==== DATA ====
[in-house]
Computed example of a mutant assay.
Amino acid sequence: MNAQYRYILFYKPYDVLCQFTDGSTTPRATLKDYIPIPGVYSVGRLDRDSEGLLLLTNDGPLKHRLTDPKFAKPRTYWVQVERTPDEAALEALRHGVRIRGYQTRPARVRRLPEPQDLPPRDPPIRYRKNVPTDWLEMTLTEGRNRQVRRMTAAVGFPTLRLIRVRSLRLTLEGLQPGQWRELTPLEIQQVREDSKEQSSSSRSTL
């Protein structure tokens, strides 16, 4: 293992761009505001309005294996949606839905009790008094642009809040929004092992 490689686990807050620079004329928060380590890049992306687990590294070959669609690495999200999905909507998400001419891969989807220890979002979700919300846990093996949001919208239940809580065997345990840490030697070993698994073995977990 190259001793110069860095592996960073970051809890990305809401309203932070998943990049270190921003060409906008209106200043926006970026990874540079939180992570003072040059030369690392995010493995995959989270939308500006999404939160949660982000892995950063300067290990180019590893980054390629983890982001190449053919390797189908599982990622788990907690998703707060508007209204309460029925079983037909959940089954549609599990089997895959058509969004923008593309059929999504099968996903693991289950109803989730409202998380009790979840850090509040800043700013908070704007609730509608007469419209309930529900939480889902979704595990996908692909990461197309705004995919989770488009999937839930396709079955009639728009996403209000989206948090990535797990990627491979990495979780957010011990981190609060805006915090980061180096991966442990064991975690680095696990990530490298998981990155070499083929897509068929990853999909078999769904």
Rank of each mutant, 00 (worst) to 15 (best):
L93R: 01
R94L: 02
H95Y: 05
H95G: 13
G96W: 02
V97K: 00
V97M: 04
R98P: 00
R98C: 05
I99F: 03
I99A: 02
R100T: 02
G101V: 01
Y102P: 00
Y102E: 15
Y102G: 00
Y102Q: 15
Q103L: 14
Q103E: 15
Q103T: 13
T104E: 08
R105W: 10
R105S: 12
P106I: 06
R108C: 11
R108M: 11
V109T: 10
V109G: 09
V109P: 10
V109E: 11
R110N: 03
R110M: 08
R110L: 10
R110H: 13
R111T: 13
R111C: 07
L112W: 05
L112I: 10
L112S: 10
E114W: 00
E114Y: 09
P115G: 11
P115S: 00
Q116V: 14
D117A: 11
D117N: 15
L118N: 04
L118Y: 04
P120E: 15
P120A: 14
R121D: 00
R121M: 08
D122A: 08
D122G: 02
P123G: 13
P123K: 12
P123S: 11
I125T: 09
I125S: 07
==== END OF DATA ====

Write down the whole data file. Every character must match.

[in-house]
Computed example of a mutant assay.
Amino acid sequence: MNAQYRYILFYKPYDVLCQFTDGSTTPRATLKDYIPIPGVYSVGRLDRDSEGLLLLTNDGPLKHRLTDPKFAKPRTYWVQVERTPDEAALEALRHGVRIRGYQTRPARVRRLPEPQDLPPRDPPIRYRKNVPTDWLEMTLTEGRNRQVRRMTAAVGFPTLRLIRVRSLRLTLEGLQPGQWRELTPLEIQQVREDSKEQSSSSRSTL
């Protein structure tokens, strides 16, 4: 293992761009505001309005294996949606839905009790008094642009809040929004092992 490689686990807050620079004329928060380590890049992306687990590294070959669609690495999200999905909507998400001419891969989807220890979002979700919300846990093996949001919208239940809580065997345990840490030697070993698994073995977990 190259001793110069860095592996960073970051809890990305809401309203932070998943990049270190921003060409906008209106200043926006970026990874540079939180992570003072040059030369690392995010493995995959989270939308500006999404939160949660982000892995950063300067290990180019590893980054390629983890982001190449053919390797189908599982990622788990907690998703707060508007209204309460029925079983037909959940089954549609599990089997895959058509969004923008593309059929999504099968996903693991289950109803989730409202998380009790979840850090509040800043700013908070704007609730509608007469419209309930529900939480889902979704595990996908692909990461197309705004995919989770488009999937839930396709079955009639728009996403209000989206948090990535797990990627491979990495979780957010011990981190609060805006915090980061180096991966442990064991975690680095696990990530490298998981990155070499083929897509068929990853999909078999769904």
Rank of each mutant, 00 (worst) to 15 (best):
L93R: 01
R94L: 02
H95Y: 05
H95G: 13
G96W: 02
V97K: 00
V97M: 04
R98P: 00
R98C: 05
I99F: 03
I99A: 02
R100T: 02
G101V: 01
Y102P: 00
Y102E: 15
Y102G: 00
Y102Q: 15
Q103L: 14
Q103E: 15
Q103T: 13
T104E: 08
R105W: 10
R105S: 12
P106I: 06
R108C: 11
R108M: 11
V109T: 10
V109G: 09
V109P: 10
V109E: 11
R110N: 03
R110M: 08
R110L: 10
R110H: 13
R111T: 13
R111C: 07
L112W: 05
L112I: 10
L112S: 10
E114W: 00
E114Y: 09
P115G: 11
P115S: 00
Q116V: 14
D117A: 11
D117N: 15
L118N: 04
L118Y: 04
P120E: 15
P120A: 14
R121D: 00
R121M: 08
D122A: 08
D122G: 02
P123G: 13
P123K: 12
P123S: 11
I125T: 09
I125S: 07